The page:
Practicing Emotional Intelligence in Diplomatic Negotiations

 
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Major breakthroughs in the history of diplomacy, such as the de-escalation of the Cuban missile crisis, the Iran nuclear deal or the Colombian peace agreement positively shaped the course of countries and arguably the world. As professionals working in the field of foreign affairs driven to promote mutual understanding and de-escalation, we should ask ourselves: What particular set of skills enabled the stakeholders to achieve these agreements? In spite of the fact that the surrounding circumstances exert great influence, the interpersonal relationship between negotiators cannot be overlooked.  

Relationships between people are a cornerstone element of the job, not only in negotiations, but in foreign policy as a general place of work. A term that was coined towards the end of the last century is emotional intelligence that emphasises the dynamics of such relationships.  

Roughly speaking, emotional intelligence refers to the ability to perceive, identify, evaluate and control emotions in oneself and, critically, others. Although there is much scholarly debate concerning its many issues, such as its measurements, definitions, attainability, as professionals in foreign affairs, we are most concerned with its application in everyday work.  

To illustrate its use, let us look at the internal and the external dimension of emotional intelligence. Far from being only rational beings, human actions are also influenced by emotions, especially when tragedies or high-stakes political affairs are involved.   

Internally, these emotions can make us more likely to adopt an open (positive) or narrow (negative) view, thereby affecting our ability to analyse situations (e.g. political statements of partners, negotiations, or a crisis in a country). Being able to identify and manage our emotions has proven effects on our own mental and physical health, which in turn is related to overall work performance and life quality.  

Emotions also affect the way that we approach people. In foreign affairs, building a network and good working relationships with a range of different people is important for the overall success of the greater mission of the organisation (in this case being the state, which is interested in improving commercial, cultural and political relations with other countries). Also, with the rise of fake news, emotions become increasingly instrumentalised via messages on social media platforms that can have significant implications for national and international politics. Therefore, developing skills to properly read, interpret and manage emotions triggered by social media will indubitably be part of the repertoire of diplomats in the 21st century.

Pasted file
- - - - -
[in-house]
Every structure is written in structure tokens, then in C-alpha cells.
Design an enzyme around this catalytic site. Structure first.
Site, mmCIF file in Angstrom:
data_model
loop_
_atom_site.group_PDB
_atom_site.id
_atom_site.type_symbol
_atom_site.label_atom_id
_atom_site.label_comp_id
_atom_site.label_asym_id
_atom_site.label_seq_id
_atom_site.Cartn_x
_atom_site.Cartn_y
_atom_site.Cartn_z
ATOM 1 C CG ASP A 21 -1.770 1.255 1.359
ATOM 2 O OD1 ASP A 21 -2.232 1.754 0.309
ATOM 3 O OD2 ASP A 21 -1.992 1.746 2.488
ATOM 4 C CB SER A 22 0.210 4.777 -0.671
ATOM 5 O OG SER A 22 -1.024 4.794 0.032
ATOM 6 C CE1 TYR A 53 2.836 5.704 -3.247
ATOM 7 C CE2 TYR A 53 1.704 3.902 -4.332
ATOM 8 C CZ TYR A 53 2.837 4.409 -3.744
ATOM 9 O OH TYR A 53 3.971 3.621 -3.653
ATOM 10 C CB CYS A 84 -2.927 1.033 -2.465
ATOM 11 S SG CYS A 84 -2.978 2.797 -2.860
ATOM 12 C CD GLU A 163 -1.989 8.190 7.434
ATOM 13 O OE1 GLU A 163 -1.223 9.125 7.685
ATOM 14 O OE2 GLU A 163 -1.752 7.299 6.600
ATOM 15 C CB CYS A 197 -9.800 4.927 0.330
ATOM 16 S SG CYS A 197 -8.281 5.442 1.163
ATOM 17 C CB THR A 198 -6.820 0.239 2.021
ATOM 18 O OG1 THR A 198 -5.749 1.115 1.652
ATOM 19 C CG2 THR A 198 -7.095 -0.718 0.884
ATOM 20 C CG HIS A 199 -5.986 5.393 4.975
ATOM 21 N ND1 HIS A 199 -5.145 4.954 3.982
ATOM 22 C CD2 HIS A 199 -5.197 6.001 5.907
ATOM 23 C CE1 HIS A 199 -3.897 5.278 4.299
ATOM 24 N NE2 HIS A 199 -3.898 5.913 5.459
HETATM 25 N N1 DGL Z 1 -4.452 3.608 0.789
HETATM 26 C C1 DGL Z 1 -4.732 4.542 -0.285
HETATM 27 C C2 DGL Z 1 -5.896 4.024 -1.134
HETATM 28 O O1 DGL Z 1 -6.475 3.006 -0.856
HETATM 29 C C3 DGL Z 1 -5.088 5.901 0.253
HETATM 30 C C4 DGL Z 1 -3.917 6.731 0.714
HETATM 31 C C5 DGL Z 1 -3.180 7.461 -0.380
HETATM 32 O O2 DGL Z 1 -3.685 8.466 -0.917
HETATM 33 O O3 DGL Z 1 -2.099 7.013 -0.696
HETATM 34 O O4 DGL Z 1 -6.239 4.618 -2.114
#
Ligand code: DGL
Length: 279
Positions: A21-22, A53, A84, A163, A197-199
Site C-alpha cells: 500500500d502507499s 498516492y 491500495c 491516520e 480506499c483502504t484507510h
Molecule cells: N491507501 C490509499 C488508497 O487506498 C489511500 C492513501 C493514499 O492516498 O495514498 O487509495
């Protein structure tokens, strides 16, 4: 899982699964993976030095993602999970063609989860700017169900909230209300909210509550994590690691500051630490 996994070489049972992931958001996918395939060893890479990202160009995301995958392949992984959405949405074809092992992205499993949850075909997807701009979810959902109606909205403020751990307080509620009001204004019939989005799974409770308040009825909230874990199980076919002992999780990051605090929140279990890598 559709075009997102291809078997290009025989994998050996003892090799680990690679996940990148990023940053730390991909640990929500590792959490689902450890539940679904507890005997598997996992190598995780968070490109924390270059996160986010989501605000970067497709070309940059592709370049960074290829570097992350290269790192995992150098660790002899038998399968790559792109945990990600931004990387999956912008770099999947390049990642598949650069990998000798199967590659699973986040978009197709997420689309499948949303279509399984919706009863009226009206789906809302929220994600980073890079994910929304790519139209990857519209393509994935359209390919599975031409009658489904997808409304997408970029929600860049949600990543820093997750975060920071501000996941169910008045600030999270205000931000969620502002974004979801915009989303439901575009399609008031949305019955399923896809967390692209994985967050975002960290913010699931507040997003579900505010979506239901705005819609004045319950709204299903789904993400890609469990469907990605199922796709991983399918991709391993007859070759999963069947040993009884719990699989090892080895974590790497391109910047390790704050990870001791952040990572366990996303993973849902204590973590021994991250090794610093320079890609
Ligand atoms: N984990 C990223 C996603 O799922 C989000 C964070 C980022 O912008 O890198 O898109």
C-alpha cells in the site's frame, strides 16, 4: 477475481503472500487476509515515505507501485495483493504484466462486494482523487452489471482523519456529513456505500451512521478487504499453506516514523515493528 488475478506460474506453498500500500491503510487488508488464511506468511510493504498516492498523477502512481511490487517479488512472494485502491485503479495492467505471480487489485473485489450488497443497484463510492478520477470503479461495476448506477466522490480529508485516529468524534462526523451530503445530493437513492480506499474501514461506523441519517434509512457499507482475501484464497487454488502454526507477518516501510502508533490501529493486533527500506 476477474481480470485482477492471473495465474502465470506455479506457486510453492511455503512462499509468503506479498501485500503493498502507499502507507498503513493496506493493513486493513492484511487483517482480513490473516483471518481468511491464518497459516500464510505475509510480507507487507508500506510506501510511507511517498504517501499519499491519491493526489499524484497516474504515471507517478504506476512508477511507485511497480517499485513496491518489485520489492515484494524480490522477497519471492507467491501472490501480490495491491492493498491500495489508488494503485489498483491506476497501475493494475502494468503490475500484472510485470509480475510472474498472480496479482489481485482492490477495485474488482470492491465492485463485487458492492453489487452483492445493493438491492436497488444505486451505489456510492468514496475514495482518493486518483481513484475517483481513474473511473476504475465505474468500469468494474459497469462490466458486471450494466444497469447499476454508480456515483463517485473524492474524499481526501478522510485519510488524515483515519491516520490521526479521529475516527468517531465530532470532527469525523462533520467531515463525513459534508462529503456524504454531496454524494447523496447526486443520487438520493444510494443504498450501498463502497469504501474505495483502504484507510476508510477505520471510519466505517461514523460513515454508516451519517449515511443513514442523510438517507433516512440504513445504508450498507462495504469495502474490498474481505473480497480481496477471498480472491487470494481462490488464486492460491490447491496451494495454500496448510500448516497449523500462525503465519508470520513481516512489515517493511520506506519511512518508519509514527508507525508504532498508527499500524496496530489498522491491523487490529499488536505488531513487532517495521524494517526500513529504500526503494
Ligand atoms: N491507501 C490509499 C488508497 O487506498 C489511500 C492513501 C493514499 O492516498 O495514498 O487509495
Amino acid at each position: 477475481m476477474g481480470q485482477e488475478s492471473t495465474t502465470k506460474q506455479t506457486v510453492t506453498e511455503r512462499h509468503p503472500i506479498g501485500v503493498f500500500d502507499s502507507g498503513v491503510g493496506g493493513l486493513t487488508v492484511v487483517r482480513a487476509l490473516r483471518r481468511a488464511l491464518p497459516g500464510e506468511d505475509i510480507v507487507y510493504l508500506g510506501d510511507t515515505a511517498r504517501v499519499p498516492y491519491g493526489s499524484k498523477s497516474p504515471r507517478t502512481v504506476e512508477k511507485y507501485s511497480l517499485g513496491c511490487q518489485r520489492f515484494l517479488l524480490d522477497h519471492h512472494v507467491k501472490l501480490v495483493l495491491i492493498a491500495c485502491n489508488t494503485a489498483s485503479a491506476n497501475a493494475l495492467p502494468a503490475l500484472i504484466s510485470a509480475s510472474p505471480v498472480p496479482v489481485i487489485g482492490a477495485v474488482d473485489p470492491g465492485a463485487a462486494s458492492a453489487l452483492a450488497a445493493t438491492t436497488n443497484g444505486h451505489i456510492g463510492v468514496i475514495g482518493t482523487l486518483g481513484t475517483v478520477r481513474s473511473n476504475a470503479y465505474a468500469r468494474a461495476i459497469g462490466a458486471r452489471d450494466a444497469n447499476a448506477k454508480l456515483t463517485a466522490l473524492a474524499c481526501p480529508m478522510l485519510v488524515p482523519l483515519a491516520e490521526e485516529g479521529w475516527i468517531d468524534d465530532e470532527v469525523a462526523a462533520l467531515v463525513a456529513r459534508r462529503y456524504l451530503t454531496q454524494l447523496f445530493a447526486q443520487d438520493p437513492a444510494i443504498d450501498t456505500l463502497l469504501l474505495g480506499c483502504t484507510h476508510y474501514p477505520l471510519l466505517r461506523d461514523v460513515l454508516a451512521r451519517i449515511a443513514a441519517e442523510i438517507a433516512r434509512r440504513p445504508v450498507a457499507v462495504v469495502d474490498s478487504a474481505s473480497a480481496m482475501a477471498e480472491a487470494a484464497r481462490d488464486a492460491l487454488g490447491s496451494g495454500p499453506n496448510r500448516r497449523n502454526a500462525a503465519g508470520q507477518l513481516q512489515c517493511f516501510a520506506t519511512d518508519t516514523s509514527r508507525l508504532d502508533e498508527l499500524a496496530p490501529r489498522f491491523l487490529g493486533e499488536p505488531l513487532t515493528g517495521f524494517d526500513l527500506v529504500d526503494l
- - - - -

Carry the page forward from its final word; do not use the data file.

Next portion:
Although digital emotional intelligence is becoming more and more important, the lion share of difficult negotiations are still done vis-à-vis. This means that being able to read, understand manage the emotions of counterparts is still a crucial success factor for the work in international relations and diplomacy. Successful examples of this could be Catherine Ashton’s decisive role in the negotiations for the Iran nuclear deal and the conflict in Ukraine, in which she stood out for “her patience, her handling of people and her ability to be frank but never aggressive”. Also the success of German chancellor Angela Merkel, in the male-dominated international arena, was accredited by some to her ability to use emotional intelligence successfully.  

Considering its impact, it is regrettable that emotional intelligence is not only severely lacking presence in study curricula, but most importantly, in contexts of war and conflict. Here, emotions, coupled with cultural and/or ethnic differences, are intensifying, rather than deescalating, spirals of misunderstanding and continuing violence.  However, it is precisely in these contexts where emotions (both positive and negative) have a big role to play for conflict transformation.  

In sum, it can be said that emotional intelligence pays tribute to the role that emotions play for ourselves and for our interactions with others. The earlier we recognise the need to develop our skills in this area, the sooner we will be prepared to find solutions for the challenges of diplomacy and international relations in the 21st century.